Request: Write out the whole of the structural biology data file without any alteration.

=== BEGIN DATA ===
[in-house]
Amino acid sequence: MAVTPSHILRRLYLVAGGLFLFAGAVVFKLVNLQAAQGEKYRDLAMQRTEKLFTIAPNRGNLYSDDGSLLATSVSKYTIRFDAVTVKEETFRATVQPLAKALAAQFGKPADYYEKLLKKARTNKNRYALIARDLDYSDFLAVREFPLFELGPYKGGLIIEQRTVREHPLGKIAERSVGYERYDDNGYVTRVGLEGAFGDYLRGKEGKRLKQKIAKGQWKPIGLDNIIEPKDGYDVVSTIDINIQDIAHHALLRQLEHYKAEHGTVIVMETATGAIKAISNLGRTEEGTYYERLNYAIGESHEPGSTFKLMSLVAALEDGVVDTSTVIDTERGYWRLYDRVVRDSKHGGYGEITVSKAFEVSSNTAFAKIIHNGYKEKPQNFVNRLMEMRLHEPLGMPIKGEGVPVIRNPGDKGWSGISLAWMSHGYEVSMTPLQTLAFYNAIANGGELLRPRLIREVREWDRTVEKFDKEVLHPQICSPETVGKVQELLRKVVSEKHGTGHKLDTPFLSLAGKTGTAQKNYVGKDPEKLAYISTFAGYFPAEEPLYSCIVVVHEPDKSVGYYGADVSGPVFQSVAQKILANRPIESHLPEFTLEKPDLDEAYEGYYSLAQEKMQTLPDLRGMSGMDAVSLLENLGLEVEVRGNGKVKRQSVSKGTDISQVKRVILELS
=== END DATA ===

[in-house]
Amino acid sequence: MAVTPSHILRRLYLVAGGLFLFAGAVVFKLVNLQAAQGEKYRDLAMQRTEKLFTIAPNRGNLYSDDGSLLATSVSKYTIRFDAVTVKEETFRATVQPLAKALAAQFGKPADYYEKLLKKARTNKNRYALIARDLDYSDFLAVREFPLFELGPYKGGLIIEQRTVREHPLGKIAERSVGYERYDDNGYVTRVGLEGAFGDYLRGKEGKRLKQKIAKGQWKPIGLDNIIEPKDGYDVVSTIDINIQDIAHHALLRQLEHYKAEHGTVIVMETATGAIKAISNLGRTEEGTYYERLNYAIGESHEPGSTFKLMSLVAALEDGVVDTSTVIDTERGYWRLYDRVVRDSKHGGYGEITVSKAFEVSSNTAFAKIIHNGYKEKPQNFVNRLMEMRLHEPLGMPIKGEGVPVIRNPGDKGWSGISLAWMSHGYEVSMTPLQTLAFYNAIANGGELLRPRLIREVREWDRTVEKFDKEVLHPQICSPETVGKVQELLRKVVSEKHGTGHKLDTPFLSLAGKTGTAQKNYVGKDPEKLAYISTFAGYFPAEEPLYSCIVVVHEPDKSVGYYGADVSGPVFQSVAQKILANRPIESHLPEFTLEKPDLDEAYEGYYSLAQEKMQTLPDLRGMSGMDAVSLLENLGLEVEVRGNGKVKRQSVSKGTDISQVKRVILELS